Ireland isn’t the only destination that gets green in March. Whether you’re keen on celebrating it elsewhere, pack your bags, and your leprechaun attires for coming to the destinations below. On March 17, a lot of people around the globe will be celebrating St. Patrick’s day by parading in green hats, sporting images of shamrocks, and tiny, grinning, fairy men.
Here we will take you back in time to early medieval time in Ireland attempting to learn a bit about the origins of the green holiday. As well as bringing to you some awesome places, where to go for having fun at St. Patrick’s feasts. Therefore, sit comfortably and enjoy the reading.
Medieval Ireland Age
The historic icon of the Saint refers to the legendary Patrick’s miracles. It’s said that he prayed for banishing snakes from Ireland. However, as the Irish medieval history reports the real St. Patrick, who lived in the fifth century never saw a snake, or even, wore a shamrock. In fact, he was not even Irish.
The early medieval history of Ireland, often known as the early Christian age spans the time from the 5th to 8th century. Christianity and Latin literacy had their genesis right after a pagan past of Antiquity, missionaries. St. Patrick’s is one of the most famous of them, who converted several Irish tribes to Christianity.
St. Patrick’s Legend
As we hear, the name of Saint Patrick, Ireland comes to our mind, and the green likewise. Although people think he was Irish, he was British instead. His Birth name was Maewyn Succat. The story tells that he lived until the age of 16 in the country, with pagan beliefs and customs. In fact, his name was not even Patricio originally. The fact that changed his name was that he was kidnapped by pirates and sold into slavery in Ireland.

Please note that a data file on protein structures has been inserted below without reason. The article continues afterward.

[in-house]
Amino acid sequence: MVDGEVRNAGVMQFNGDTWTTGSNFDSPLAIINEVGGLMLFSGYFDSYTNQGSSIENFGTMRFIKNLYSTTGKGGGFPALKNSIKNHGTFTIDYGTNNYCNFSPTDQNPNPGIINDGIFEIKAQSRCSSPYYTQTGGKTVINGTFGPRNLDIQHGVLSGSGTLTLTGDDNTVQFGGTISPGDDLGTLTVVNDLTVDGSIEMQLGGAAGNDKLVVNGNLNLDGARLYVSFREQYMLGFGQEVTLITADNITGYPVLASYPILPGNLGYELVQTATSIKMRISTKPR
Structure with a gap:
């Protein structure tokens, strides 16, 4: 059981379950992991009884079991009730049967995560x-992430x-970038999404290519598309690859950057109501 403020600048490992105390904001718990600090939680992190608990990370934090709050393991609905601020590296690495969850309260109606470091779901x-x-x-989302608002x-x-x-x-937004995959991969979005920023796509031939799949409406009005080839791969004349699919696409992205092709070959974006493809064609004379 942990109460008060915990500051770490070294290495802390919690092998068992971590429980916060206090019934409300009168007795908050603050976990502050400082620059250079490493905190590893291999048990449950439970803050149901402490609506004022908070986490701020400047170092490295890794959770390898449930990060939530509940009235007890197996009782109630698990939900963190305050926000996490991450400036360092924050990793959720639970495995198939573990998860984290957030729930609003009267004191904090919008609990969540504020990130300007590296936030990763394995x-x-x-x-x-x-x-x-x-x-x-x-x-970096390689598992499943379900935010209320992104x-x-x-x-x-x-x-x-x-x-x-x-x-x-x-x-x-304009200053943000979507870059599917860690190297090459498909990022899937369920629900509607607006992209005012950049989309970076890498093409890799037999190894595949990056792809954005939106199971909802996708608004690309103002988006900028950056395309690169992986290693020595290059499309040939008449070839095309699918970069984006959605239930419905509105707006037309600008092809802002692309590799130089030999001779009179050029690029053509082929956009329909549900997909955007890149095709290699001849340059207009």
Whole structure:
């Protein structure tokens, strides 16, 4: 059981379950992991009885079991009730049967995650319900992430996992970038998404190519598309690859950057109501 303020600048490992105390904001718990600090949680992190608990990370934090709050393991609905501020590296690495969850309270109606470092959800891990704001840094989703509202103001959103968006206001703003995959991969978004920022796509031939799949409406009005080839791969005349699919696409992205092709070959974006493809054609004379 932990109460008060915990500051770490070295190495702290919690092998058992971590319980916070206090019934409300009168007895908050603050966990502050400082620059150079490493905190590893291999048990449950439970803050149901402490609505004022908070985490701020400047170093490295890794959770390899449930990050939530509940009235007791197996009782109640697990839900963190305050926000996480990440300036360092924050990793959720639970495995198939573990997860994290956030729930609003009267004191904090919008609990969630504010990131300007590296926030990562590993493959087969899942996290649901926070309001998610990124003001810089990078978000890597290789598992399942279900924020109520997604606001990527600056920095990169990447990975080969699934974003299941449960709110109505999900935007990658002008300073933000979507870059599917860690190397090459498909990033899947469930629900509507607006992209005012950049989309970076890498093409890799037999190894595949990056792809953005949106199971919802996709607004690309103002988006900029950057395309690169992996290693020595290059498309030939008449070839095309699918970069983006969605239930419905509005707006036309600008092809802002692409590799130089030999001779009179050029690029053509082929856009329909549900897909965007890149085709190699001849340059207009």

The patron lived in captivity in Ireland for 6 years, when he began to approach the Catholic religion. However, Patrick managed to escape from prison and return to England, where he studied for 12 years in a monastery and ended up becoming a Catholic bishop in 432. That’s when he gained the name, Patrick. He felt a divine call to return to Ireland to rid the country of Celtic paganism. As he returned to the country, he was imprisoned to evangelize the people in Catholic doctrine. There he was a missionary for 30 years and moved to County Down, where he died on March 17, 461.
St. Patrick’s Day in America
the celebration of the holiday started in America in the early seventeen century. The first St. Patrick’s event happened in Boston in 1737. Since then, all over the country, the cities get green following the color of the holiday. For over 50 years, the Windy City has celebrated it with a truly unique parade. Large crowds gather for the feast in the USA.
Conversely, New York City follows the green trend. The traditional holiday is made of a huge parade, with people from several different parts of the globe, all in green. This year, the parade in the Big Apple starts at 11 a.m. on Saturday, March 16, and can be viewed along Fifth Avenue between 44th Street and 79th Street.
No driving on St. Patrick’s day!
St. Patrick’s day may be an ideal opportunity to enjoy the freedom of not driving and having a bit of fun with friends and family. However, it’s important to ensure a seamless and comfortable transportation service. Mundi Limos is the right choice for the event. Choose from the vehicle that best fits your needs from our chauffered luxury transportation service and enjoy it to the fullest.